In conjunction with training, putting in place a system to centralise and track advocates not only ensures that sharing content is a simple and straightforward process, but also means you can track and reward the advocates who are doing the most to share content. There are a whole range of these platforms out there including Smarp (which we use in our work with the SRA) and Bambu which we have access to as part of our membership of Sprout Social’s Agency Partner programme.
We’re currently working on a whitepaper which will provide a much more detailed insight into how we see social media advocacy developing over the coming months, but in the meantime here are our three top recommendations for setting up an advocacy programme:
Plan ahead – make sure what you want to achieve from launching an advocacy programme is aligned with your organisation’s overall objectives
Support your advocates – consider ways you can train your advocates around effective use of social media, provide context and give them the confidence to take ownership of their work in the programme.
Put a structure in place to systemise the programme – this includes thinking about how you will disseminate the content you want to be shared, track the effectiveness of the programme and recognise/reward success.
If you want to register to receive a copy of our whitepaper when it’s published later in the spring or find out how you could make an advocacy programme work for your organisation get in touch with me – email@example.com or Jess – firstname.lastname@example.org – and we’d be happy to chat things through with you over a cup of coffee.
That was the conclusion of the expert panel at a great Centre for London event last night to launch its new report on the future of the transport network and road user charging in London.
I was there with our client emovis, whose Chief Exec Anthony Alicastro was on the panel to give an industry perspective in front of a packed ‘standing room only’ crowd of around 200 delegates including London Mayoral candidates, campaigners and assembly members.
The scheme would be integrated with London’s wider transport system via a new app and digital platform, which the report proposes would be run by Transport for London. The scheme, which the report calls City Move would provide Londoners with more choice about how they travel around the city.
City Move would utilise the latest technology to give Londoners all their travel information in one place, allowing them to compare, plan and pay for journeys. Drivers, for example, would be presented with costs and impacts of using their vehicle versus alternative modes of transport.
It’s not policy yet – but the report’s authors are calling on all Mayoral candidates in the capital’s 2020 election to make a commitment to tackle the issue, and momentum is gathering, so watch this space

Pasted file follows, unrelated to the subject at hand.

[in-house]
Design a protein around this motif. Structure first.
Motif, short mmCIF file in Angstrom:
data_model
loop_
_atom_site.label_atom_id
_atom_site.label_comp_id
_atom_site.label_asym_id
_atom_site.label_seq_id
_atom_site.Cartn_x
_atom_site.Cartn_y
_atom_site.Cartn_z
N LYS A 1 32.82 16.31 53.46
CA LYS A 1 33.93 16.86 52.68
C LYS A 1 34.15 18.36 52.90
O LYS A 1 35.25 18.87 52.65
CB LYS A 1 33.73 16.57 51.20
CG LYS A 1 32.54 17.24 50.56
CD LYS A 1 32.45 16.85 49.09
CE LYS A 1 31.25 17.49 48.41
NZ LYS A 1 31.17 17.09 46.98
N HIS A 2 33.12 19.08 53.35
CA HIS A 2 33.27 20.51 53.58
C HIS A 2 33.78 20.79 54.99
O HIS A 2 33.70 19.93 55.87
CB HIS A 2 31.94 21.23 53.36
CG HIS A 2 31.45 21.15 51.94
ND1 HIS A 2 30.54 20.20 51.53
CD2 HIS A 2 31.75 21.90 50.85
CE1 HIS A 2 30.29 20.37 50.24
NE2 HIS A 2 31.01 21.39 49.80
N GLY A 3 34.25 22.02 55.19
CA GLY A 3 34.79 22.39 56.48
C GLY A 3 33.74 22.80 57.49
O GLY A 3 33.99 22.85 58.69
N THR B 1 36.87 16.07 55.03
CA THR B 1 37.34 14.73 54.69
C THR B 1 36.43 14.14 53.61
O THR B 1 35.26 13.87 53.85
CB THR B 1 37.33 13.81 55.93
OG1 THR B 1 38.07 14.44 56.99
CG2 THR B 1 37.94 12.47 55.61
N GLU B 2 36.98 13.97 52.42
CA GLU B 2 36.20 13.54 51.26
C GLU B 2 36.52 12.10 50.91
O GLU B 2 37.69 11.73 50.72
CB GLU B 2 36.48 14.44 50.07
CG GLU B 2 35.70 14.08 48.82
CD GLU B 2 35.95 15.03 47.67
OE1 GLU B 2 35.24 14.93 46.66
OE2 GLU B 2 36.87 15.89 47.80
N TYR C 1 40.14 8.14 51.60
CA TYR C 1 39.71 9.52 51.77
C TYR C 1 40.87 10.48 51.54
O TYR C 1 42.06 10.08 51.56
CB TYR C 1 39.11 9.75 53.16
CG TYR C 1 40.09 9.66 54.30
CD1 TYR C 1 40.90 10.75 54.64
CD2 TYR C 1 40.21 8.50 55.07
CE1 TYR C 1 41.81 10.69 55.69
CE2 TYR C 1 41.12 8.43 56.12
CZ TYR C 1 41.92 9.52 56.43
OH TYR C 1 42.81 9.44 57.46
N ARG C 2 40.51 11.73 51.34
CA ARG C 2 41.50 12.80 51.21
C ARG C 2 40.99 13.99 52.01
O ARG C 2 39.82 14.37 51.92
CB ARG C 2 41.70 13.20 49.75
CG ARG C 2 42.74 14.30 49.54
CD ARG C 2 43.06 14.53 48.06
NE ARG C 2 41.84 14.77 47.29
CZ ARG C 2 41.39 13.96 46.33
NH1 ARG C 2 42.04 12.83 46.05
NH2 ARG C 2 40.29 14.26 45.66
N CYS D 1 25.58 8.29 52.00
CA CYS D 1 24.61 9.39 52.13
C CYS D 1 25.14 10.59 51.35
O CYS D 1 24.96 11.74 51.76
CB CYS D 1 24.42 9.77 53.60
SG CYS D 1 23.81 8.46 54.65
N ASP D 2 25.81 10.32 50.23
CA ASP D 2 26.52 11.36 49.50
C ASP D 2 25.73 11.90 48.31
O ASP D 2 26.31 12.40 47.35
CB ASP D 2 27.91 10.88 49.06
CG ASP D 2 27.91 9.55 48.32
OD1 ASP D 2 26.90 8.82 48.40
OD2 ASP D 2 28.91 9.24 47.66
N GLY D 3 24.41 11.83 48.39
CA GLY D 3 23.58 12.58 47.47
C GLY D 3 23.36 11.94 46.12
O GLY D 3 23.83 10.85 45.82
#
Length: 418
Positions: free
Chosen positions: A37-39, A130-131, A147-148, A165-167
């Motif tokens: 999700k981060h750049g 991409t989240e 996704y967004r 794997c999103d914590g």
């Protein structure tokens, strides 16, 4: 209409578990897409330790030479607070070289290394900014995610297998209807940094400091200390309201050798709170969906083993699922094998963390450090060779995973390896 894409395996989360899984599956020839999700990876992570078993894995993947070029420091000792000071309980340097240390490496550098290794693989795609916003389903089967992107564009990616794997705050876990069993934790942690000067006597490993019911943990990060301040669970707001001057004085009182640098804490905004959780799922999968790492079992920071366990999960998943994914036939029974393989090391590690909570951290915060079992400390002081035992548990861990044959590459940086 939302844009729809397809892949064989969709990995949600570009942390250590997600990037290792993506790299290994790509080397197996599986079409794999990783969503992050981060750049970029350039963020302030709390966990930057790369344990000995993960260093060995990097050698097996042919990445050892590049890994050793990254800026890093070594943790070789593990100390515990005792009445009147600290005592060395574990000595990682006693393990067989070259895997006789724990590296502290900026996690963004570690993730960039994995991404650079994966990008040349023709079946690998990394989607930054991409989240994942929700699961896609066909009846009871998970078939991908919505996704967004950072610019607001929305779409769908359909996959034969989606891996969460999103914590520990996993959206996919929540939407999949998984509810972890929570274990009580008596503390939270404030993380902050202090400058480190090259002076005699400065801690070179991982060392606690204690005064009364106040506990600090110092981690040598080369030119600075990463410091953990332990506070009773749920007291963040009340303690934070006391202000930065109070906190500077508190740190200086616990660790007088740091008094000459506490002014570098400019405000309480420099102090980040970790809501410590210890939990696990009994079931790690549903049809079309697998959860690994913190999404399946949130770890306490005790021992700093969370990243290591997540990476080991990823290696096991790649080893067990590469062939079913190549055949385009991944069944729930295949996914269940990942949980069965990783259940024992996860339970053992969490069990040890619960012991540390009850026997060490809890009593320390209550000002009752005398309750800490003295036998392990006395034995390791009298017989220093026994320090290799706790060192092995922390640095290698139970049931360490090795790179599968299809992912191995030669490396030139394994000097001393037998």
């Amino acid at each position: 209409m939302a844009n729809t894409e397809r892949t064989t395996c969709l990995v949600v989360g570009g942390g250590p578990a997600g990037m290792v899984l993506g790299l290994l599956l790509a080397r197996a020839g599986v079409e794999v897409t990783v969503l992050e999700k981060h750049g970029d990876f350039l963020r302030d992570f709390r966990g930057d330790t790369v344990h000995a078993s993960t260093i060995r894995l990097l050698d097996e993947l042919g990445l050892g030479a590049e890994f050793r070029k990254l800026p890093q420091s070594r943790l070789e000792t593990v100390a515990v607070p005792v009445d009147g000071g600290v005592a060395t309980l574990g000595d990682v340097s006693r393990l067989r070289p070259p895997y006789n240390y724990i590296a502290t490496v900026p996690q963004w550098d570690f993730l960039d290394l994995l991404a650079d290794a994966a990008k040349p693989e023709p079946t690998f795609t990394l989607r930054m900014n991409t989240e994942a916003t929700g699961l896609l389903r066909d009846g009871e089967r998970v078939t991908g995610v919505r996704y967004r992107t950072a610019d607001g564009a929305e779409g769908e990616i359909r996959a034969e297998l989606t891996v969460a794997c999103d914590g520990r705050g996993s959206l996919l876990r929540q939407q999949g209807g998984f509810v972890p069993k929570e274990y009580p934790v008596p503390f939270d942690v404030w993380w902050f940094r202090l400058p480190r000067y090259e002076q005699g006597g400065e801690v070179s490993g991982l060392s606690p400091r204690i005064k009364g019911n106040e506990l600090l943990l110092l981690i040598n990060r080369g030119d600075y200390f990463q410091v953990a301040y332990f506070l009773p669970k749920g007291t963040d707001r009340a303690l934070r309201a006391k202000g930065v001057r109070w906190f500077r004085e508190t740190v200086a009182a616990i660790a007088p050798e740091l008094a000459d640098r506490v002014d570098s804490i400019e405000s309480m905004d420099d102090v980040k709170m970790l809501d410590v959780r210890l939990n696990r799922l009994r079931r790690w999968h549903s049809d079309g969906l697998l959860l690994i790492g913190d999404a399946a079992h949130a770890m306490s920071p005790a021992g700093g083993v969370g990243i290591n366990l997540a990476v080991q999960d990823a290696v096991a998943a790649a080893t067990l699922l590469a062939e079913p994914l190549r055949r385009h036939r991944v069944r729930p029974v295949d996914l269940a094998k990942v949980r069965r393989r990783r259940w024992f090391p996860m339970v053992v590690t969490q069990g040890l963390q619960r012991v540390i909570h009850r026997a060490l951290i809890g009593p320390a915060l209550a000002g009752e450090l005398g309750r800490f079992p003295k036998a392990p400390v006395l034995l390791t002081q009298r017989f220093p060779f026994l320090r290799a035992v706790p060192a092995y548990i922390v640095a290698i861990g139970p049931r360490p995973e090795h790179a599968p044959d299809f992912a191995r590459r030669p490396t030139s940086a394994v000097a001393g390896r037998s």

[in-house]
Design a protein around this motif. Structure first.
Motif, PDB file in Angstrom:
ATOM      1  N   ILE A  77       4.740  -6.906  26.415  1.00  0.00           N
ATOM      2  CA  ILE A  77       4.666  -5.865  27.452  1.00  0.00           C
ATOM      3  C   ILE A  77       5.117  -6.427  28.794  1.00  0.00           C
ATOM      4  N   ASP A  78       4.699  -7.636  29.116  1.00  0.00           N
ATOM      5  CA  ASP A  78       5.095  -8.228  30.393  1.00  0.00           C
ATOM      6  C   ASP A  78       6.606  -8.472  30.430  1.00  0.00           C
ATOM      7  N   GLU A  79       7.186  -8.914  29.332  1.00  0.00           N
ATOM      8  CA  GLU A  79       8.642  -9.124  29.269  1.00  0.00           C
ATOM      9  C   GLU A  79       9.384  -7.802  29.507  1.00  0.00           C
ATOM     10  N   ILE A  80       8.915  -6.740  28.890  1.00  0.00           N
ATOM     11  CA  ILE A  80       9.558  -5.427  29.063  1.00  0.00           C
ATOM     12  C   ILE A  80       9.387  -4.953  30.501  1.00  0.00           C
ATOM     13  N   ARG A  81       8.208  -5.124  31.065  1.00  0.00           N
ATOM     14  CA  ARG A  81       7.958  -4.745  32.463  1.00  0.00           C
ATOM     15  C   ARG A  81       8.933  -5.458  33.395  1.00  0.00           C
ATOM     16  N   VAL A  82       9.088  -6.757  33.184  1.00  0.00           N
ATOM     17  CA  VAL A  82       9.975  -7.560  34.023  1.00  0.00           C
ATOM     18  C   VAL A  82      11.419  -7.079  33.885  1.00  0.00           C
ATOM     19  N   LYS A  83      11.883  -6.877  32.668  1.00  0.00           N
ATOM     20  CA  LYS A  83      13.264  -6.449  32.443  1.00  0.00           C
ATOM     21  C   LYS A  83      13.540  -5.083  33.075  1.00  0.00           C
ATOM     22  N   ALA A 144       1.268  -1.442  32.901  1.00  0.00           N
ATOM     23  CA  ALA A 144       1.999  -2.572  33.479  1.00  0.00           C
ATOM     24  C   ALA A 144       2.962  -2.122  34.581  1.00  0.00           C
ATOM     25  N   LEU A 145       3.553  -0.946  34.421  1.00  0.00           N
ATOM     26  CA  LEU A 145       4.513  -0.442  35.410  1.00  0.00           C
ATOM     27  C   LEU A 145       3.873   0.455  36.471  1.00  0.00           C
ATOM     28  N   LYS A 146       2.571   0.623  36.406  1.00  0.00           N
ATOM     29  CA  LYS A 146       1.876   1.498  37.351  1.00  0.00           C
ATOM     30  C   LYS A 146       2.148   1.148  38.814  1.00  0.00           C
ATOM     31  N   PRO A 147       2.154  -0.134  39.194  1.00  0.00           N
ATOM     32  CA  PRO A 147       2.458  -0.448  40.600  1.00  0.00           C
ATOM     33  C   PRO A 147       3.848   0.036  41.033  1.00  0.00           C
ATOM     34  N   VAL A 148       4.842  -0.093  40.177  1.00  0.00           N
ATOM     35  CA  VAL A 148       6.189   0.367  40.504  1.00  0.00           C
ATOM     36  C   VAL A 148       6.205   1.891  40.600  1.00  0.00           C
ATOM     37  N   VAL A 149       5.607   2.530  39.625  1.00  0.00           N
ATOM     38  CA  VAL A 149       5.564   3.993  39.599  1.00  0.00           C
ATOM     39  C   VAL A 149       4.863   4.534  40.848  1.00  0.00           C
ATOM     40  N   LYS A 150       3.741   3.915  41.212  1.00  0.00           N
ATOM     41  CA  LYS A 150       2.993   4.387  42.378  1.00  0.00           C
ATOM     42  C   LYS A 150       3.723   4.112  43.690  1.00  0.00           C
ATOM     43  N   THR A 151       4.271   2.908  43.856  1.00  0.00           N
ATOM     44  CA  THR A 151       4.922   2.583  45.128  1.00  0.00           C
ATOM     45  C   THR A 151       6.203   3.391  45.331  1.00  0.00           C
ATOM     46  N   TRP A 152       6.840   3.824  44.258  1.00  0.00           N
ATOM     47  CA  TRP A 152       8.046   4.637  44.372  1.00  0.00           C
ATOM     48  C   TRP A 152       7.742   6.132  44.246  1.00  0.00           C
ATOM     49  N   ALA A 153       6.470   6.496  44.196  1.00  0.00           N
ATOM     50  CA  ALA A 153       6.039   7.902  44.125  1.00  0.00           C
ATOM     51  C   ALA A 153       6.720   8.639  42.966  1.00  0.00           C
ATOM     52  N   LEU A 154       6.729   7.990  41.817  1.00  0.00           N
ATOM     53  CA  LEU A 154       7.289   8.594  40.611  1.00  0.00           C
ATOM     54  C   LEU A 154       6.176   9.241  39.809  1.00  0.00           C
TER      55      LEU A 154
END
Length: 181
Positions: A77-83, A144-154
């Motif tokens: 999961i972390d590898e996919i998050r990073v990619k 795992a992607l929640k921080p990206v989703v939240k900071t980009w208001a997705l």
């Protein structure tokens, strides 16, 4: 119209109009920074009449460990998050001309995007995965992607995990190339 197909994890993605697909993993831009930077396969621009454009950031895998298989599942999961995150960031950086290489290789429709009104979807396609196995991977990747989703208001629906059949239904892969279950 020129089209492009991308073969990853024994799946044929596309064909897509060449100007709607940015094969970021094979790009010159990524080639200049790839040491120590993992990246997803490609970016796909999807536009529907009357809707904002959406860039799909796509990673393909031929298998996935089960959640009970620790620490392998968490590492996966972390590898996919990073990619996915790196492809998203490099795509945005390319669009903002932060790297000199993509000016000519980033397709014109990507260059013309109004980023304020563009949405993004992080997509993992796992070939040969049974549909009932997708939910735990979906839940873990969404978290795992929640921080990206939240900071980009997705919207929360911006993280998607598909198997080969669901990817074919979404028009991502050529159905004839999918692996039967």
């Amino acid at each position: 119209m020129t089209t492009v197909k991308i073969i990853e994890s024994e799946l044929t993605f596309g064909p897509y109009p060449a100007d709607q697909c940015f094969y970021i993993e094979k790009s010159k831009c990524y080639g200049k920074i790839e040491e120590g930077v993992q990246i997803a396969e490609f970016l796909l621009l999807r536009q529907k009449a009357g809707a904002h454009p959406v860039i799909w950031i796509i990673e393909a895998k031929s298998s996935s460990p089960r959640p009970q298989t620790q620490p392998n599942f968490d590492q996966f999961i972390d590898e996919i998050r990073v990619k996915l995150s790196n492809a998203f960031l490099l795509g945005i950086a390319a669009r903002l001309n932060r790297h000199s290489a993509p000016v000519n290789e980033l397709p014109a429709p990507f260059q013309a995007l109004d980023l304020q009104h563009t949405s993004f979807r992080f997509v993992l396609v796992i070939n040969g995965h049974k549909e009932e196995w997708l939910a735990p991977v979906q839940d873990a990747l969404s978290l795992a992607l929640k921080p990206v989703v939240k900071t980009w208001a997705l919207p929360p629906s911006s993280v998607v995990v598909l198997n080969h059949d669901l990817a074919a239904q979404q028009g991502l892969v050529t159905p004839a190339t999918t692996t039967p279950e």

What’s the role for communications, PR and marketing?
Where do you start. It’s all about good communications. There are challenges around public acceptance of the introduction of road user charging or tolling, but in cities like London the debate has moved on – it is no longer about whether to charge people – it is about how to do it.
Our top three tips for communicating with the public and stakeholders on road user charging are:
Be clear on WHY you are introducing road user charging (e.g. to benefit the environment, to raise money for road improvements, to relieve congestion, to boost the economy). This doesn’t just shape what type of scheme you should deliver but it frames the public debate from day one.
Be clear how you are going to use the money raised. Transparency is critical for buy-in and focusing on the benefits you are delivering will be crucial.
Keep it simple – the great thing about the City Moveconcept is it keeps things as simple as possible for customers.
Once you get this strategic approach right you can get start being creative with the comms tactics and branding, but it is the messaging and positioning that sets the agenda and frames the discussion.
From our work on the merseyflow project and wider work with emovis over the past year on other schemes they are looking at around the world, it is clear this is something that both national governments and local authorities/major cities are looking at very closely.
In terms of maximising public acceptability, once you add in
the possibility of road user charging replacing road tax and maybe even fuel duty
an easy to use app that shows you the cheapest and quickest way to travel and gives you viable alternative public transport options
a scheme that can offer refunds if there are delays…..
…..then my view is this starts to become a very meaningful and realistic policy option.
For London, City Move would be healthier, fairer, simpler and greener than existing charging systems. Hard to argue against when you think about it.
Thanks for reading.
Creating meaningful campaigns that make a difference and help our clients succeed.
DTW, Bank Chambers, Market Place, Guisborough, TS14 6BN